- Contractors set their own hours and use their own equipment; a worker who is expected to work certain hours and who uses company equipment would be considered an employee.
- Employees do work that is essential to the company – for example, managing day-to-day operations of a restaurant.
- Contractors pay all of their own taxes and do not receive employer-paid benefits.
Make Sure Your Business Contracts Related to Workers Pass the ABC Test
Maryland has adopted what is commonly called the ABC Test to help determine whether a worker is an employee or a contractor. For purposes of the Workplace Fraud Act and the state’s Unemployment Insurance law, a worker is considered to be an employee unless:
- The individual is free from direction and control;
- The individual is customarily engaged in an independent business of the same nature as that involved in the work; and
- The work is outside the usual course of business of the person for whom it is performed OR the work is performed outside any place of business of the person for whom it is performed.
When hiring temporary workers, it’s important to understand the differences between contractors and employees. The Internal Revenue Service and Maryland’s Division of Labor and Industry have stepped up enforcement in recent years regarding misclassification of employees. Maryland is especially concerned with the construction and landscaping industries, although it’s illegal to misclassify any employee in any industry. This is the case whether the misclassification occurred intentionally or by mistake.
The business contract attorneys at Lusk Law, LLC can guide business owners through the intricacies of the Workplace Fraud Act and make sure every worker is classified correctly — thus avoiding confusion and costly penalties. Call us at (443) 535-9715.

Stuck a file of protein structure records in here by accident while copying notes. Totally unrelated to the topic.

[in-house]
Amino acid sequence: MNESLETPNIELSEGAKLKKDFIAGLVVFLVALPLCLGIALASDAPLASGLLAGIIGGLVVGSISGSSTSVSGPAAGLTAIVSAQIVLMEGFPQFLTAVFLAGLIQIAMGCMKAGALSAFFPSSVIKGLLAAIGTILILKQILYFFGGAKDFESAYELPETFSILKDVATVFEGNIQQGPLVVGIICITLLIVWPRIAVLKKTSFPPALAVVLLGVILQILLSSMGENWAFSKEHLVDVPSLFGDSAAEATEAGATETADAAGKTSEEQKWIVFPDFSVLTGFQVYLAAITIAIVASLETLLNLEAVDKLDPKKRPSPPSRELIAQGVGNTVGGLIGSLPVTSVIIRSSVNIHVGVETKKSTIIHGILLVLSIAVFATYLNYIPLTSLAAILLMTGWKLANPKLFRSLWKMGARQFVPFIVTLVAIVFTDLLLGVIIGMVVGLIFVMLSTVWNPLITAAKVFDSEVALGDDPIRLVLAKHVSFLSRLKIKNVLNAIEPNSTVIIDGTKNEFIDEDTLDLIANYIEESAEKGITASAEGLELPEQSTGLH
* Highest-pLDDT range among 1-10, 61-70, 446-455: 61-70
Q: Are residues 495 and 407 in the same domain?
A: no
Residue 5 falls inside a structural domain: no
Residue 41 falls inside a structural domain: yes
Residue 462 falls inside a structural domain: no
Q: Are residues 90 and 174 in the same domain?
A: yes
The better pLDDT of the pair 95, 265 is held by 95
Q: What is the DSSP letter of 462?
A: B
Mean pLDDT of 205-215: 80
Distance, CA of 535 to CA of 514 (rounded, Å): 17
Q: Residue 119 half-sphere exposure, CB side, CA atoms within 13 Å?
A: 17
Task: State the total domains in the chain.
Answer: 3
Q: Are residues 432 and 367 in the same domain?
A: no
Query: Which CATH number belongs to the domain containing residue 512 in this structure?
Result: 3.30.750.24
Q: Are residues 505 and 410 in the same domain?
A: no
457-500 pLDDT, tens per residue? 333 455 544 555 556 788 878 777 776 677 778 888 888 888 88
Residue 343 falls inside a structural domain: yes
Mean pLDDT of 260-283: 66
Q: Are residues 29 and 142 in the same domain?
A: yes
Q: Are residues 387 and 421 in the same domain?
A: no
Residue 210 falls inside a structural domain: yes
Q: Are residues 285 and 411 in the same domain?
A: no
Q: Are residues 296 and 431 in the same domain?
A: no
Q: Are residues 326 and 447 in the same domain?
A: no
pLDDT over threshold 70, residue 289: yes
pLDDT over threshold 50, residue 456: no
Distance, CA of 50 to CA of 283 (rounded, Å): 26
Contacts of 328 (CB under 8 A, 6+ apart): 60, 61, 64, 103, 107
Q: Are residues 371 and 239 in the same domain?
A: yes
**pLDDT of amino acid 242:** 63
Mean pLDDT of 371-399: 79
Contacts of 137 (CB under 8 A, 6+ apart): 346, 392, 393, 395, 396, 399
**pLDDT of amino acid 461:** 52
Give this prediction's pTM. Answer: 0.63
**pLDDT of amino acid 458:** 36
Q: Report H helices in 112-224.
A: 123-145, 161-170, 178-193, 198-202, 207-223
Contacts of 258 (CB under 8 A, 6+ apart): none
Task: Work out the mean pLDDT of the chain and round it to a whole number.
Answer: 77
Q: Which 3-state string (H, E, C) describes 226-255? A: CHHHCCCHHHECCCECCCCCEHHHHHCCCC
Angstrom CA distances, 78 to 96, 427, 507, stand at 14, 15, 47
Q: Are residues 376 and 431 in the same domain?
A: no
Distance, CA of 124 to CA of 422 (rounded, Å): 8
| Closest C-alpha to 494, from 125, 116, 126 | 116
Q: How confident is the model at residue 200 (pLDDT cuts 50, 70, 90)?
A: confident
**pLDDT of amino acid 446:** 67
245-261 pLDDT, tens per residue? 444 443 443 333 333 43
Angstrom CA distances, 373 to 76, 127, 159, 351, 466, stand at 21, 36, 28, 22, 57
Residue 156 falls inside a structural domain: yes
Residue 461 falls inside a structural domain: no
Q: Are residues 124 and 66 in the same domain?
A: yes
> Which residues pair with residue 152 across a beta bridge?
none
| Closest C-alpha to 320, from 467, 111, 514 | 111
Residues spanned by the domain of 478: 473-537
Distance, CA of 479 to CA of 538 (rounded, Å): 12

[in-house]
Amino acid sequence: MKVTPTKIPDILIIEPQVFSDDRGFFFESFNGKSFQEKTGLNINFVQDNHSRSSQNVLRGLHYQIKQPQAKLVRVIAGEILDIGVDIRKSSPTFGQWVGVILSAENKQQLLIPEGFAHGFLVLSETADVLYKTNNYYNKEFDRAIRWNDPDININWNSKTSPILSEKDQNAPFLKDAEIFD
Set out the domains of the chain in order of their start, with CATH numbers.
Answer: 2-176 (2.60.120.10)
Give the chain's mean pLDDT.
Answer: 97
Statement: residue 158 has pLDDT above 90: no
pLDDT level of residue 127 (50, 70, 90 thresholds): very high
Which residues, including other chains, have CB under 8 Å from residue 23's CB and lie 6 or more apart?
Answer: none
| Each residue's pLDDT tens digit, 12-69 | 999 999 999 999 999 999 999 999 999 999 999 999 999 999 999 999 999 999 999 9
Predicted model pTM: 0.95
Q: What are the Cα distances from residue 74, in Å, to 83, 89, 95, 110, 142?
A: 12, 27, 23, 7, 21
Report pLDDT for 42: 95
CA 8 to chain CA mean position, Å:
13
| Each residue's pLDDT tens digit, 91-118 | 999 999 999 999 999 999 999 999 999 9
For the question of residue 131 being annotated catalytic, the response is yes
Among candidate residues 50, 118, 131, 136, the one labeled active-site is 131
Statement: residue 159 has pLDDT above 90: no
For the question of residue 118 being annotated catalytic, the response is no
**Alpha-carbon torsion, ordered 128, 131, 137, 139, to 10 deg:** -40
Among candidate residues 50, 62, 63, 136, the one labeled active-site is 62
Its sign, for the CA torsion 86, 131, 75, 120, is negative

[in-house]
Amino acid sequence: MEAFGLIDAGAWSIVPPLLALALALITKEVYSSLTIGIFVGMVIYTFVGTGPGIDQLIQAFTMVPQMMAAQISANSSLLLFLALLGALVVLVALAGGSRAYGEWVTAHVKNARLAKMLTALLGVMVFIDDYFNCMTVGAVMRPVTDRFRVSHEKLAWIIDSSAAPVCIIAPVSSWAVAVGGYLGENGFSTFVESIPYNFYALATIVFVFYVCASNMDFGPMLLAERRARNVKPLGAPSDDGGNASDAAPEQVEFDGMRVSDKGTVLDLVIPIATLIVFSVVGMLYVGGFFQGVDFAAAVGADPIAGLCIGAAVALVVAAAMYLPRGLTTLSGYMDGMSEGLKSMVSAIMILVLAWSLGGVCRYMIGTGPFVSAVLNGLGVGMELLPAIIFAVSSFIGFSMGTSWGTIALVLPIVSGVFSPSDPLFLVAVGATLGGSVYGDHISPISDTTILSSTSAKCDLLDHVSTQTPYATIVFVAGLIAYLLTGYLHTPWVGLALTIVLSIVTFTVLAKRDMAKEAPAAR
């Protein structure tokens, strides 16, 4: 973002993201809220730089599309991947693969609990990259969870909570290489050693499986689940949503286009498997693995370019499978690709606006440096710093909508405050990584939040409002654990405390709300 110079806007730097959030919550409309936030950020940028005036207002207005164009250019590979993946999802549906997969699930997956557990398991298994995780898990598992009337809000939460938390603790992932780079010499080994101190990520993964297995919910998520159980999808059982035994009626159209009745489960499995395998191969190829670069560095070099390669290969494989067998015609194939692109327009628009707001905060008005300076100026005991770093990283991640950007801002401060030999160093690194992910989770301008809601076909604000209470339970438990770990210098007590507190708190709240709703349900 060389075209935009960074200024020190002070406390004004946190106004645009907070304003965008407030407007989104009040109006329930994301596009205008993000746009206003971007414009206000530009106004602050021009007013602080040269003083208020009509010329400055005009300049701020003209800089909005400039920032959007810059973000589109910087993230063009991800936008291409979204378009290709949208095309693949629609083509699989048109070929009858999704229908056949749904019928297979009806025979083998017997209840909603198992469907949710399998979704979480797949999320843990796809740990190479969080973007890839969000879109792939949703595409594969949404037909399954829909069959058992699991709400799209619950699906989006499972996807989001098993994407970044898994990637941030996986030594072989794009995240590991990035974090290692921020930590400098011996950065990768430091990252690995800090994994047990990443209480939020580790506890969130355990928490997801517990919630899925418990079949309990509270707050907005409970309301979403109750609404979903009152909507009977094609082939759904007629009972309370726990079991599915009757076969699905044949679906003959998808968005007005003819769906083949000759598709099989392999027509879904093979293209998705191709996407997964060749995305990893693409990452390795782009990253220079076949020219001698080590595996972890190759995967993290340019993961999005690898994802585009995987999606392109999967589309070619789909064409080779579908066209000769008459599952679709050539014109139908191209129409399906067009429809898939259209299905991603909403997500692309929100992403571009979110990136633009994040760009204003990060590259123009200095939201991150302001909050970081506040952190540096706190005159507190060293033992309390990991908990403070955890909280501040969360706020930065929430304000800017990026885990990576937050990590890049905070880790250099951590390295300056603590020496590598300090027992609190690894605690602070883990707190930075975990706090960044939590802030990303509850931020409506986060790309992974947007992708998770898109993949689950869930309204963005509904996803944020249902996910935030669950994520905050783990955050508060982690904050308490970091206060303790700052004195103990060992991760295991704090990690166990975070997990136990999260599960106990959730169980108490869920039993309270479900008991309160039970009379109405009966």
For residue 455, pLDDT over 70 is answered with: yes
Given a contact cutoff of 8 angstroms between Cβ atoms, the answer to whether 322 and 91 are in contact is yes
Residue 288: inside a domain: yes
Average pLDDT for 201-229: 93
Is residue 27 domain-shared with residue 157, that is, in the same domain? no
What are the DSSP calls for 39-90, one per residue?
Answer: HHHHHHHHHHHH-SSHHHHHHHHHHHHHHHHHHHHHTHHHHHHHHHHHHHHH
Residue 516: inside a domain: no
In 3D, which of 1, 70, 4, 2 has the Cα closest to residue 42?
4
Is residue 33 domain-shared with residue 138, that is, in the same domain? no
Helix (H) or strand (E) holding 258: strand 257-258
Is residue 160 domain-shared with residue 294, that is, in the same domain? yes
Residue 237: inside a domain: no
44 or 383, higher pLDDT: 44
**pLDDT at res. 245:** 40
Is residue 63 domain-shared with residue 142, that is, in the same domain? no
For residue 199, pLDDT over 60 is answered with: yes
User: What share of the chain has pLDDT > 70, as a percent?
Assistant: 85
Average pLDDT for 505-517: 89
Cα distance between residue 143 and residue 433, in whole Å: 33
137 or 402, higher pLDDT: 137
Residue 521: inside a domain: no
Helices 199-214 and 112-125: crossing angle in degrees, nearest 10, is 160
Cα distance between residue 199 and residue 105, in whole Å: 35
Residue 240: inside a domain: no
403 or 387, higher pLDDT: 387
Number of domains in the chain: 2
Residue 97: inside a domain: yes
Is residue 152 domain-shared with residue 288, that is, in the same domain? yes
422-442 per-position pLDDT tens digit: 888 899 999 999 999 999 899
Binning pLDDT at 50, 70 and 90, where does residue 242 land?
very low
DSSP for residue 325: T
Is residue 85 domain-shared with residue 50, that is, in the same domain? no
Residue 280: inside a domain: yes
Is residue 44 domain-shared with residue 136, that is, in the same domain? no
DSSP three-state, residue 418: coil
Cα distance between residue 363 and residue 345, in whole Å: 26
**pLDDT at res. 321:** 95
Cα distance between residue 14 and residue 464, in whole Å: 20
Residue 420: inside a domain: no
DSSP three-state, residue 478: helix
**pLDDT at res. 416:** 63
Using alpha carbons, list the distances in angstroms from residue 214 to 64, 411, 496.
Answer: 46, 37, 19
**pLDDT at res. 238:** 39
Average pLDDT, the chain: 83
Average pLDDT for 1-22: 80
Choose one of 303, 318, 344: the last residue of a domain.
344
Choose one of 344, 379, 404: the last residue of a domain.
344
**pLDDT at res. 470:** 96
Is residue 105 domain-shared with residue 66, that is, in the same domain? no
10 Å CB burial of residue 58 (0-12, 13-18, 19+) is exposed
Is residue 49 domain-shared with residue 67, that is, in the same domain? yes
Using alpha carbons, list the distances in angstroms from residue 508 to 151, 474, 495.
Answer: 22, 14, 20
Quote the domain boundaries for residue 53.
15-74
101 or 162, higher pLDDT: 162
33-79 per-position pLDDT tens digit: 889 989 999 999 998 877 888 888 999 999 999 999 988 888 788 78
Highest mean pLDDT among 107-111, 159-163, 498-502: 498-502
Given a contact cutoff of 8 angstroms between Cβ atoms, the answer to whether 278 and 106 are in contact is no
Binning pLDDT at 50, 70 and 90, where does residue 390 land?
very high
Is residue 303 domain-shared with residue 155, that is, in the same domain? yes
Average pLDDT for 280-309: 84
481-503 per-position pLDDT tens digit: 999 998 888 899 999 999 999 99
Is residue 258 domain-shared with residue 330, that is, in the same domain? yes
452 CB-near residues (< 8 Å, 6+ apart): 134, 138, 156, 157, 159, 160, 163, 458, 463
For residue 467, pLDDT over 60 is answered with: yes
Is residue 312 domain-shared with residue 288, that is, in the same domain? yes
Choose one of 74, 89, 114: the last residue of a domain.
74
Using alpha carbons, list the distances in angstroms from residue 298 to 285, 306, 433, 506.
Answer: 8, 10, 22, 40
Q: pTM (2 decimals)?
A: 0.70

Get Help from Frederick Business Contract Lawyer Rebekah Lusk
Rebekah Lusk and her team at Lusk Law, LLC, excel at advising businesses, because Rebekah Lusk is a business ownership herself. In running a law firm, an investment and rental property company, and a horse boarding facility, she has learned a lot about anticipating and preparing for many eventualities. An iron-clad contract ensures that every party — employers, employees, contractors, vendors, clients — understands their role and responsibilities, minimizing the likelihood of misunderstanding. It’s just good business. And it is critical for protecting your company and your livelihood.
Our business law attorneys at Lusk Law, LLC, focus on helping business owners interpret and create contracts, putting them in the best position to avoid litigation. As advocates for life’s obstacles and opportunities, our experienced attorneys provide legal counsel and representation to business owners and individuals in Frederick, MD, and surrounding counties.
If you need help with or have questions about contracts, please call us at (443) 535-9715 or fill out our contact form.
We’re your advocates for life’s obstacles and opportunities.